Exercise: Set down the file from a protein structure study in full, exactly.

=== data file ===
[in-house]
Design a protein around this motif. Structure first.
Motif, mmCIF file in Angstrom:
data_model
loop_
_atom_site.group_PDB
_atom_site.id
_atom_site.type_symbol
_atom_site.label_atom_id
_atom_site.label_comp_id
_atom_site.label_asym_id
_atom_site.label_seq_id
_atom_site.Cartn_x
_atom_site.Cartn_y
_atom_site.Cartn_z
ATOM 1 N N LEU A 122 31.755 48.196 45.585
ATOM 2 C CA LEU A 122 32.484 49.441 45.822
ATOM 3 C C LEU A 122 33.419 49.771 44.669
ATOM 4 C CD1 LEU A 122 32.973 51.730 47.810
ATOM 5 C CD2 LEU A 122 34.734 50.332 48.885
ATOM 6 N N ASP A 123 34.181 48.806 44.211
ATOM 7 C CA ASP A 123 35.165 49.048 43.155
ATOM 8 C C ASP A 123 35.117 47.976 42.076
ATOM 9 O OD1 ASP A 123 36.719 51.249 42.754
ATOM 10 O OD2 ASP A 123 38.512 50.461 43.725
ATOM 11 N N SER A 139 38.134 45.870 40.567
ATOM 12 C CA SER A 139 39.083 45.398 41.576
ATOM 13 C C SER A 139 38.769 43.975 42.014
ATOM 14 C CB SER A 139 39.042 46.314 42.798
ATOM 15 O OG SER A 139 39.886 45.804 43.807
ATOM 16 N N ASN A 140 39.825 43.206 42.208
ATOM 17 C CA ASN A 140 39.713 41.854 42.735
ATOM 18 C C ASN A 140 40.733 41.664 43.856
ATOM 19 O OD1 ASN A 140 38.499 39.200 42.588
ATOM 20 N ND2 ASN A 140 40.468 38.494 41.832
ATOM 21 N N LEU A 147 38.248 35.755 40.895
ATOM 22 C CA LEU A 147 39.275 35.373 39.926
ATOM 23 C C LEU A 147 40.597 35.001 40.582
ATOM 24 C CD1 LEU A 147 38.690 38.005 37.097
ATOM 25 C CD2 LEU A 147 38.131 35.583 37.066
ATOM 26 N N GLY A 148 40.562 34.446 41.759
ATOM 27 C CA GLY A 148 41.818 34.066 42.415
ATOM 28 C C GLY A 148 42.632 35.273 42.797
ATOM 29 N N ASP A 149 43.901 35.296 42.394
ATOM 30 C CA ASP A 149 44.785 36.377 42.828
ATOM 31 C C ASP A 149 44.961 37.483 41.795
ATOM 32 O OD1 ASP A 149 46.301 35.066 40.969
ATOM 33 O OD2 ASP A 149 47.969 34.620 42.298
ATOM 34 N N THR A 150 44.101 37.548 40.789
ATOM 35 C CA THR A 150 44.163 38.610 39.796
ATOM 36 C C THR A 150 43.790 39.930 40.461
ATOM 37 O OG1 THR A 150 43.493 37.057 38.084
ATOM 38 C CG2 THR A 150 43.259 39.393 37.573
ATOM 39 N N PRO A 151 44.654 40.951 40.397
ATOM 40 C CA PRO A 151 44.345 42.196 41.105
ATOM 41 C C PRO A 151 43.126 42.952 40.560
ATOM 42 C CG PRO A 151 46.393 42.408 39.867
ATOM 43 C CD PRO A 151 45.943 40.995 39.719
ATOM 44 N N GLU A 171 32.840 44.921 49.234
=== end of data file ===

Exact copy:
[in-house]
Design a protein around this motif. Structure first.
Motif, mmCIF file in Angstrom:
data_model
loop_
_atom_site.group_PDB
_atom_site.id
_atom_site.type_symbol
_atom_site.label_atom_id
_atom_site.label_comp_id
_atom_site.label_asym_id
_atom_site.label_seq_id
_atom_site.Cartn_x
_atom_site.Cartn_y
_atom_site.Cartn_z
ATOM 1 N N LEU A 122 31.755 48.196 45.585
ATOM 2 C CA LEU A 122 32.484 49.441 45.822
ATOM 3 C C LEU A 122 33.419 49.771 44.669
ATOM 4 C CD1 LEU A 122 32.973 51.730 47.810
ATOM 5 C CD2 LEU A 122 34.734 50.332 48.885
ATOM 6 N N ASP A 123 34.181 48.806 44.211
ATOM 7 C CA ASP A 123 35.165 49.048 43.155
ATOM 8 C C ASP A 123 35.117 47.976 42.076
ATOM 9 O OD1 ASP A 123 36.719 51.249 42.754
ATOM 10 O OD2 ASP A 123 38.512 50.461 43.725
ATOM 11 N N SER A 139 38.134 45.870 40.567
ATOM 12 C CA SER A 139 39.083 45.398 41.576
ATOM 13 C C SER A 139 38.769 43.975 42.014
ATOM 14 C CB SER A 139 39.042 46.314 42.798
ATOM 15 O OG SER A 139 39.886 45.804 43.807
ATOM 16 N N ASN A 140 39.825 43.206 42.208
ATOM 17 C CA ASN A 140 39.713 41.854 42.735
ATOM 18 C C ASN A 140 40.733 41.664 43.856
ATOM 19 O OD1 ASN A 140 38.499 39.200 42.588
ATOM 20 N ND2 ASN A 140 40.468 38.494 41.832
ATOM 21 N N LEU A 147 38.248 35.755 40.895
ATOM 22 C CA LEU A 147 39.275 35.373 39.926
ATOM 23 C C LEU A 147 40.597 35.001 40.582
ATOM 24 C CD1 LEU A 147 38.690 38.005 37.097
ATOM 25 C CD2 LEU A 147 38.131 35.583 37.066
ATOM 26 N N GLY A 148 40.562 34.446 41.759
ATOM 27 C CA GLY A 148 41.818 34.066 42.415
ATOM 28 C C GLY A 148 42.632 35.273 42.797
ATOM 29 N N ASP A 149 43.901 35.296 42.394
ATOM 30 C CA ASP A 149 44.785 36.377 42.828
ATOM 31 C C ASP A 149 44.961 37.483 41.795
ATOM 32 O OD1 ASP A 149 46.301 35.066 40.969
ATOM 33 O OD2 ASP A 149 47.969 34.620 42.298
ATOM 34 N N THR A 150 44.101 37.548 40.789
ATOM 35 C CA THR A 150 44.163 38.610 39.796
ATOM 36 C C THR A 150 43.790 39.930 40.461
ATOM 37 O OG1 THR A 150 43.493 37.057 38.084
ATOM 38 C CG2 THR A 150 43.259 39.393 37.573
ATOM 39 N N PRO A 151 44.654 40.951 40.397
ATOM 40 C CA PRO A 151 44.345 42.196 41.105
ATOM 41 C C PRO A 151 43.126 42.952 40.560
ATOM 42 C CG PRO A 151 46.393 42.408 39.867
ATOM 43 C CD PRO A 151 45.943 40.995 39.719
ATOM 44 N N GLU A 171 32.840 44.921 49.234